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The county worked with many local agencies including the Charlotte stormwater program, Charlotte Mecklenburg utilities, the State and many other stakeholders to develop the TMDL. Mecklenburg County had the lead role in developing the technical aspects of the TMDL e.g., the modeling, source assessment and allocation strategy, as well as coordinating meetings with stakeholders. The North Carolina Division of Water Quality has been involved throughout and will ultimately submit the TMDL to EPA's Region IV Office for approval. This locally-developed TMDL has many advantages: suggestions offered during the allocation process and the local entities are helping to develop the implementation strategy.
Deep Creek, Montana
Deep Creek is a major tributary of the Missouri River located in Townsend,
Montana. The creek provides spawning and rearing habitat for rainbow trout and brown trout. This habitat was impaired by excess sediments and high water temperatures due to unstable streambanks and loss of meanders in the stream. The sediment TMDL demonstrates how the TMDL process was used to begin mitigation activities even when there was incomplete knowledge of sediment sources and load rates. The TMDL set specific performance targets, such as percent reduction in the length of erosive streambanks. The TMDL is a dynamic plan of action, not just a static allocation of loads.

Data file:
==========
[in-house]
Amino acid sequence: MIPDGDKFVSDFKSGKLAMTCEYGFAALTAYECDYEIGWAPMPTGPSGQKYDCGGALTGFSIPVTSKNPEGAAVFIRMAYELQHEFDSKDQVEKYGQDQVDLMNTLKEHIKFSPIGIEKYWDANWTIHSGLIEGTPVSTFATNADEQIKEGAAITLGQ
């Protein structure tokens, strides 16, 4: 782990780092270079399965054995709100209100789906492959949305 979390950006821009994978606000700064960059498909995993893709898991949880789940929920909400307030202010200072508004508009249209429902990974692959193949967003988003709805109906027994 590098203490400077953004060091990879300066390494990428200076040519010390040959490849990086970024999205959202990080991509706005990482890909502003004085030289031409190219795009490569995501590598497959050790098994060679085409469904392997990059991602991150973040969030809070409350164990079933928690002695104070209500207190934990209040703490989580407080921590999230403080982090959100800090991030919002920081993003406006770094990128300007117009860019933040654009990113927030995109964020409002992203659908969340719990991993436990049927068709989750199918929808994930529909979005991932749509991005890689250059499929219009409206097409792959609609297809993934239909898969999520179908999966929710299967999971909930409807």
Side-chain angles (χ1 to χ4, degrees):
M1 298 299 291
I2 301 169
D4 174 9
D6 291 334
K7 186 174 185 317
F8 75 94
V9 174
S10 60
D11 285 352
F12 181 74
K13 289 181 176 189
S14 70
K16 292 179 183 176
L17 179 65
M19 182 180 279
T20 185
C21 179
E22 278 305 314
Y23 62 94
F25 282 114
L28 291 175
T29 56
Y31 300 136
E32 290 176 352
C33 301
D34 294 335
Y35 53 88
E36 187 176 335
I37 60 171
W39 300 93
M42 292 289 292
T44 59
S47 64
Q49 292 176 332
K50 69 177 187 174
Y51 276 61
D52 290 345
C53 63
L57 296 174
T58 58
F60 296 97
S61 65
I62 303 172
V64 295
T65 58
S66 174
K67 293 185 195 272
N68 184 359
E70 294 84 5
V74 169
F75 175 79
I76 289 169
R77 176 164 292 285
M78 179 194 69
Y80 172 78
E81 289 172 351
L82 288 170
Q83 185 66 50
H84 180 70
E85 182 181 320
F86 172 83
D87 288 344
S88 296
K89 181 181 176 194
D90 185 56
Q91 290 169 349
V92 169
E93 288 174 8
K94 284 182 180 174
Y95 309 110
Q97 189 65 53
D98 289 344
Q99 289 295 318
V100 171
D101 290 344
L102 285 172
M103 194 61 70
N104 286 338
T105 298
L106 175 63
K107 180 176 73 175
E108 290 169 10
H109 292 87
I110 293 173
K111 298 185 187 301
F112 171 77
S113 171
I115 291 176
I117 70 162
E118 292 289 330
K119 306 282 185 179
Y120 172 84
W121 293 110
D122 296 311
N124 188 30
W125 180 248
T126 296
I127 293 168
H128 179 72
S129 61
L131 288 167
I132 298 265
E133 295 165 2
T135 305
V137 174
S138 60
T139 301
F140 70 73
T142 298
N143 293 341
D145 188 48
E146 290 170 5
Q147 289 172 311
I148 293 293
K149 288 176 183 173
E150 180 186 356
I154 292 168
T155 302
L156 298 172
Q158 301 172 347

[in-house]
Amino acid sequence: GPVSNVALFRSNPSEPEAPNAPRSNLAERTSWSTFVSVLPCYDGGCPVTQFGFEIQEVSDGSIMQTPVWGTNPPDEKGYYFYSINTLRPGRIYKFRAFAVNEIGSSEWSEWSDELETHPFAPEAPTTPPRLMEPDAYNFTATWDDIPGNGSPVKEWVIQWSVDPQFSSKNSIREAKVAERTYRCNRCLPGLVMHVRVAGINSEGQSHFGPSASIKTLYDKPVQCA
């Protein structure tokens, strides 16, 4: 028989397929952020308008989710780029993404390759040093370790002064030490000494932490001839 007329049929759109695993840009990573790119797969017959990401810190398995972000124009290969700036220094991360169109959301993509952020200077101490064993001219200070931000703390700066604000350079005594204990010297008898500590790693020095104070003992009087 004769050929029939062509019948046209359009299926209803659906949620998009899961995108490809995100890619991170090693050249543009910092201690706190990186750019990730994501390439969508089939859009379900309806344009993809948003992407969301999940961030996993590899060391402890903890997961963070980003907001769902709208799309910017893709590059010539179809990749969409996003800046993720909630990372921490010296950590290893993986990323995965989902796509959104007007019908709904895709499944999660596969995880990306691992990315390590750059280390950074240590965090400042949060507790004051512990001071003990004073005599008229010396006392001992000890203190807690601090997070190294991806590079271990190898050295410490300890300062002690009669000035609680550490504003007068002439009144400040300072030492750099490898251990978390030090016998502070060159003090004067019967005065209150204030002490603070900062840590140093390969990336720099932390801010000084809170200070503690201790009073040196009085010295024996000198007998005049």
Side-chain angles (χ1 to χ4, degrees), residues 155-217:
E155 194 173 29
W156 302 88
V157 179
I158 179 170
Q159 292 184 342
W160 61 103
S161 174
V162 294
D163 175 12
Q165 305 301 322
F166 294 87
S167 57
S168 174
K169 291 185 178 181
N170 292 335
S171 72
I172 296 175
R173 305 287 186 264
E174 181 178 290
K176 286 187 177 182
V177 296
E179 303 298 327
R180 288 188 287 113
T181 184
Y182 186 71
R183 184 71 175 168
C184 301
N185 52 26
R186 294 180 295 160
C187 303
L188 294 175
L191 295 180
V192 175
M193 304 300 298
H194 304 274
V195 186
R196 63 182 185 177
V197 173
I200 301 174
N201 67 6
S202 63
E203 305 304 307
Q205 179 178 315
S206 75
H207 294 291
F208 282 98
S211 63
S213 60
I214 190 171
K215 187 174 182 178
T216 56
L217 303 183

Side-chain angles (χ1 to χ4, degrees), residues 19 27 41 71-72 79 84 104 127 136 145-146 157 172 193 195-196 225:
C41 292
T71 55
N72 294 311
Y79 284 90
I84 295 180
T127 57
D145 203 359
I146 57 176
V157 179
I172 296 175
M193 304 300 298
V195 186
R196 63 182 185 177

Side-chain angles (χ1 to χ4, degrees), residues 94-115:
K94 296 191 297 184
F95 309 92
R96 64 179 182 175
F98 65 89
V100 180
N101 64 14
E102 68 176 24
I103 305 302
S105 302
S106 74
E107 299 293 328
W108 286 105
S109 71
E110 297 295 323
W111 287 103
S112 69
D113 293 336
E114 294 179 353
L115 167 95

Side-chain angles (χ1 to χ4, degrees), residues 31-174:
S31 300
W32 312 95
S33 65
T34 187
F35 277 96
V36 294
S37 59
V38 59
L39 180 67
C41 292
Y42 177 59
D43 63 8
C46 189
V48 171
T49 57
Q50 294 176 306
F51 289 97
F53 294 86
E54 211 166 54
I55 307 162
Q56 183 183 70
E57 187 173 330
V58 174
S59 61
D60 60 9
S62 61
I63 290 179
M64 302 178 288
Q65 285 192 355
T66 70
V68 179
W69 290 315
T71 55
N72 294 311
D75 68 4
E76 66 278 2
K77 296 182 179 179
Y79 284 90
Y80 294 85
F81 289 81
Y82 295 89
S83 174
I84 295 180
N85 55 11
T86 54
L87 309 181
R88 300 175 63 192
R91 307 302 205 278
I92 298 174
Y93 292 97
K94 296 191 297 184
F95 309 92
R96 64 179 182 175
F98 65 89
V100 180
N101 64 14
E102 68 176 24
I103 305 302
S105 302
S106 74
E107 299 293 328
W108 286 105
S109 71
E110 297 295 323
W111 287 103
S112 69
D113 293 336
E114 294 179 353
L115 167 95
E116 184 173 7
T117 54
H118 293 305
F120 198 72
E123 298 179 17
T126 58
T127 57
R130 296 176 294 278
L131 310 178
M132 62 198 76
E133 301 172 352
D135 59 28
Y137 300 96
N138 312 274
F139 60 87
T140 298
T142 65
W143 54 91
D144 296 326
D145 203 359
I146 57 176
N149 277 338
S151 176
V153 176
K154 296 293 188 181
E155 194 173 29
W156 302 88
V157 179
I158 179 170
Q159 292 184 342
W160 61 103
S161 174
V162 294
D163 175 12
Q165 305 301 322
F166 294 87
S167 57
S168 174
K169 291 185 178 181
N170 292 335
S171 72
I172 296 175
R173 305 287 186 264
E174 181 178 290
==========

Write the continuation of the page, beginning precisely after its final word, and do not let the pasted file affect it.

Local landowners, the Conservation District, and the Irrigation District are working with others to restore the creek. Restoration activities include channel modifications, planting of junipers and willows, widening of the riparian zone, and fencing to exclude livestock from the steam and riparian areas. Local landowners are providing the willows and junipers to stabilize the banks, and undertaking improved grazing management practices. The local Conservation District is managing the contracts for some of the work and, in addition, the Irrigation District is voluntarily limiting water withdrawals to protect the aquatic habitat.
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Boulder Creek, Colorado
Boulder Creek flows west toward Boulder, Colorado. The aquatic life in the creek was impaired by an excess of un-ionized ammonia in parts of the creek downstream from a wastewater treatment plant and other point source dischargers. High water temperature and pH were the primary causes of the ammonia and were linked to physical degradation of the creek's riparian zone. Species diversity and density were low even in areas of the creek with good water quality. Therefore, more stringent effluent limits and plant upgrades alone would not solve the problem. A combination of plant upgrades, best management practices and habitat restoration was needed to improve water quality in Boulder Creek. The cost of the studies needed to develop this TMDL were very modest: approximately $6,000.